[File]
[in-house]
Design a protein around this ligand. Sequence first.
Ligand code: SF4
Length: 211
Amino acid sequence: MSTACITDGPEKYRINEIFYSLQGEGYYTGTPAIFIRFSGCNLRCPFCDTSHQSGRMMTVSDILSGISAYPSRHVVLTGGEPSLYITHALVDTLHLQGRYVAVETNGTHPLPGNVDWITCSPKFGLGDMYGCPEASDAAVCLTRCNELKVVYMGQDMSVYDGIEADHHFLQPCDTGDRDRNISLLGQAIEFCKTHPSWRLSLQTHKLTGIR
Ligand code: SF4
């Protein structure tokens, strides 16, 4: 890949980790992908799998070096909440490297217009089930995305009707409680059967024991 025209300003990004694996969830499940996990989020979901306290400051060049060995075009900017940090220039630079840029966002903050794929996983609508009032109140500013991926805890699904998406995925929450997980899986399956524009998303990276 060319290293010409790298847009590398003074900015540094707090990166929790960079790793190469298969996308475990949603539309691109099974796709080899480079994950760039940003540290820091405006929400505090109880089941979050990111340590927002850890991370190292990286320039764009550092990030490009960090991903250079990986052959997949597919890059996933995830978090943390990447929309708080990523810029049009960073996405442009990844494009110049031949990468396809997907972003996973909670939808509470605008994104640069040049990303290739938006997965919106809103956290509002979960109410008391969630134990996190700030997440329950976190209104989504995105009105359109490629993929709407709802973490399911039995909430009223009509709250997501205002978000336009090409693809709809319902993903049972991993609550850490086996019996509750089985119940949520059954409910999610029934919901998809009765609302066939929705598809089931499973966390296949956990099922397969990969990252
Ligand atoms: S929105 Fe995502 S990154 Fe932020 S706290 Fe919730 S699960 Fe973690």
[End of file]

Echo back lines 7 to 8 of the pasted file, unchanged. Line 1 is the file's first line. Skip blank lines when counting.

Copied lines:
């Protein structure tokens, strides 16, 4: 890949980790992908799998070096909440490297217009089930995305009707409680059967024991 025209300003990004694996969830499940996990989020979901306290400051060049060995075009900017940090220039630079840029966002903050794929996983609508009032109140500013991926805890699904998406995925929450997980899986399956524009998303990276 060319290293010409790298847009590398003074900015540094707090990166929790960079790793190469298969996308475990949603539309691109099974796709080899480079994950760039940003540290820091405006929400505090109880089941979050990111340590927002850890991370190292990286320039764009550092990030490009960090991903250079990986052959997949597919890059996933995830978090943390990447929309708080990523810029049009960073996405442009990844494009110049031949990468396809997907972003996973909670939808509470605008994104640069040049990303290739938006997965919106809103956290509002979960109410008391969630134990996190700030997440329950976190209104989504995105009105359109490629993929709407709802973490399911039995909430009223009509709250997501205002978000336009090409693809709809319902993903049972991993609550850490086996019996509750089985119940949520059954409910999610029934919901998809009765609302066939929705598809089931499973966390296949956990099922397969990969990252
Ligand atoms: S929105 Fe995502 S990154 Fe932020 S706290 Fe919730 S699960 Fe973690």